Florida men — “Of the 10 men and one woman charged in a Jan 8, 2022, indictment with seditious conspiracy, the most serious counts yet lodged in the wake of the Capitol assault, four are Floridians, either Oath Keepers or affiliates. They are Kelly Meggs, 52, of Dunnellon, Kenneth Harrelson, 41, of Titusville, Joseph Hackett, 51, of Sarasota, and David Moerschel, 44, of Punta Gorda.”

— “Far-right groups find that Florida provides fertile ground — and a national stage,” by McClatchy D.C.’s Michael Wilner and Miami Herald’s Nicholas Nehamas and Sarah Blaskey

— “Arrests in the Capitol riot: where Florida leads the nation,” by McClatchy D.C.’s Michael Wilner and Miami Herald’s Rosmery Izaguirre

BRANDING — “Selling Trump: A profitable presidency like no other,” by The New York Times’ Shane Goldmacher and Eric Lipton: “His wife, Melania [Trump], has gotten into the act, too, auctioning off online collectibles and scheduling her own big-ticket event in Naples this April, a ‘tulips and topiaries high tea,’ with V.I.P. packages reaching $50,000 and an undisclosed portion going to charity. Mrs. Trump is now selling tickets to the April ‘high tea,’ with organizers saying that some of the profits will benefit an initiative of her ‘Be Best’ endeavor called ‘Fostering the Future,’ meant to provide computer-science scholarships to young people who have been in foster care.

Inquiry started — “There was no indication of how much of the proceeds Mrs. Trump herself intended to pocket. Florida requires any organization that raises charitable contributions in the state to register. No charity with the name ‘Fostering the Future’ or ‘Be Best’ is registered in Florida. Asked about the solicitation, officials at the Florida agency that oversees charitable fund-raising said they also could not find evidence of the required state registration and had opened an inquiry as a result.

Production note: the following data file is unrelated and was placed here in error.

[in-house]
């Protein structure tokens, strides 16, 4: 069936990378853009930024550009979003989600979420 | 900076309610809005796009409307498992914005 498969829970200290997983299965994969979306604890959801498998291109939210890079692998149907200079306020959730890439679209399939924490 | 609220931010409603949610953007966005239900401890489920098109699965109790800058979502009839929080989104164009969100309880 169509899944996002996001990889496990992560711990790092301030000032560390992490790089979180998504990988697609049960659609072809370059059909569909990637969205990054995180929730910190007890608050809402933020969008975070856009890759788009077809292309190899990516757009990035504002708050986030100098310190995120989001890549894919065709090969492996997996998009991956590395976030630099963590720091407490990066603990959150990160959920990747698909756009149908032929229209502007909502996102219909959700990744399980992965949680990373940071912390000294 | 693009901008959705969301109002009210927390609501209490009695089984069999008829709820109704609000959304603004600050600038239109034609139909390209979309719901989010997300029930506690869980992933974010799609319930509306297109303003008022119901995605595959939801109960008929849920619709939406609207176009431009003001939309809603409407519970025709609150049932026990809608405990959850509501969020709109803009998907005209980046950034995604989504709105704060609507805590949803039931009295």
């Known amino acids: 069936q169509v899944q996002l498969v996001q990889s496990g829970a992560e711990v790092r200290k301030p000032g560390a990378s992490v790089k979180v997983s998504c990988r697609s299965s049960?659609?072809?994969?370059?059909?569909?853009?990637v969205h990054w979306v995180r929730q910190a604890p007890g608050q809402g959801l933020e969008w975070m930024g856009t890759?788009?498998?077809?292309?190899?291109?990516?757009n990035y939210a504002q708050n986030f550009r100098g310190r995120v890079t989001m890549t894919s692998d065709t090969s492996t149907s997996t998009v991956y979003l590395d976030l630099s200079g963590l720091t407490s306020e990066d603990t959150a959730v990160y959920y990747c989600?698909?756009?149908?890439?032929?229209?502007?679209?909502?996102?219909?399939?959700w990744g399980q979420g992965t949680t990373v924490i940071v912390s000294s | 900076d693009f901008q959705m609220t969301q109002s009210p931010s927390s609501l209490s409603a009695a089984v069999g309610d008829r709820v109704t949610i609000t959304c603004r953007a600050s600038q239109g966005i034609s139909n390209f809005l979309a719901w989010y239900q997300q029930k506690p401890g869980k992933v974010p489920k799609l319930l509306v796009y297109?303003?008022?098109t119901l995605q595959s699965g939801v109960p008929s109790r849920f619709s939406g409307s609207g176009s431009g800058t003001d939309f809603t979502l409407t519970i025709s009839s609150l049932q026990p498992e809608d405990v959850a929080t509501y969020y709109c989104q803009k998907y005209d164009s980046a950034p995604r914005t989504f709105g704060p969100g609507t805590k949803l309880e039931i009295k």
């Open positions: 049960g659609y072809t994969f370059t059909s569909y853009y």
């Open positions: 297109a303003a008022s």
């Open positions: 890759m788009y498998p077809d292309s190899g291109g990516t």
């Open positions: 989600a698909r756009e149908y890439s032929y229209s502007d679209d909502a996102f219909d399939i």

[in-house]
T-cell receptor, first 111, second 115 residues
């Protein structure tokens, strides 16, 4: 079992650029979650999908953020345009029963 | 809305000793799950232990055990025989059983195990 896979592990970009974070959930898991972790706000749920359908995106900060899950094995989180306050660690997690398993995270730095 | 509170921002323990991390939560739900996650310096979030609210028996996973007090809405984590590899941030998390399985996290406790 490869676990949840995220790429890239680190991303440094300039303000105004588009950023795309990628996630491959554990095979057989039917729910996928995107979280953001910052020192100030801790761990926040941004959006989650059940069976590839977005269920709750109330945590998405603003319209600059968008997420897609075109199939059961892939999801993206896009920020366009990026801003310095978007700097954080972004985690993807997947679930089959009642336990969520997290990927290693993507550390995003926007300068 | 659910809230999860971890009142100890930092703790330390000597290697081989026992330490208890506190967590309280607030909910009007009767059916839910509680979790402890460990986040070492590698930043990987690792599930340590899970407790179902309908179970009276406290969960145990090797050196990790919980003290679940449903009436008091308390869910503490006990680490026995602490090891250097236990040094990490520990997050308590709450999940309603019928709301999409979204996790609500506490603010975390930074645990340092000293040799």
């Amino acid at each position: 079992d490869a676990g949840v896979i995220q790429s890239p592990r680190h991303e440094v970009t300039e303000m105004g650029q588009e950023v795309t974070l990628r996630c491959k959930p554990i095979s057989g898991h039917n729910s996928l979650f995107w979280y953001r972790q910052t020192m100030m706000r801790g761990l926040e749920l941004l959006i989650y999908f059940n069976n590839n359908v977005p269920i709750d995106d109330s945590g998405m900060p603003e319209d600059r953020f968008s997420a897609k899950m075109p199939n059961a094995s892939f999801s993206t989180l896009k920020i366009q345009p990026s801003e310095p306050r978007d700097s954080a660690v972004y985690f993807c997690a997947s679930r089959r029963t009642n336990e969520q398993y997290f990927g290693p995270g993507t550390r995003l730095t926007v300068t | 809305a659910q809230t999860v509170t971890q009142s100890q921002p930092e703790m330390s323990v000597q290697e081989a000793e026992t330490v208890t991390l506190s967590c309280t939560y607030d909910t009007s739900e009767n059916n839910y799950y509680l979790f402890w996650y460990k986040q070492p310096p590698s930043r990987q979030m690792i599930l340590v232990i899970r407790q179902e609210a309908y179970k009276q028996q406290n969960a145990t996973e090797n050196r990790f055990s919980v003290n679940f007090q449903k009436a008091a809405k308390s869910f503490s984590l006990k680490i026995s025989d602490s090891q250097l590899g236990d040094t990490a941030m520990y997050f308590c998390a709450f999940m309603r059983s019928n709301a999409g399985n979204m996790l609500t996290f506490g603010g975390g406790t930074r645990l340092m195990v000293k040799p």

— “A new version of the Mueller report reveals that Mueller declined to charge Donald Trump Jr. and Roger Stone with computer crimes,” by BuzzFeed News’ Jason Leopold and Anthony Cormier

The daily rundown The Centers for Disease Control and Prevention said there were 8,915 Covid-19 infections reported on Friday. The U.S. Department of Health and Human Services reported that 5,761 hospital beds were being used in the state for Covid-19 patients.

The toll — The Florida Department of Health reported on Friday that there have been 67,572 deaths since the start of the pandemic.

A DIFFERENT DIRECTION— “DeSantis pours cold water on proposed $200M punishment for mask mandate schools,” by POLITICO’s Andrew Atterbury: Gov. Ron DeSantis urged Florida lawmakers on Friday to drop a proposed plan for stripping $200 million from school districts that passed local mask mandates in the fall and instead is asking the Legislature to give parents the power to sue their local schools over the Covid-19 restrictions. “Rather than take money that may penalize a teacher or student because of the actions of some union-controlled school board member, my view would be — let’s not do that,” DeSantis said Friday at an event in Marianna.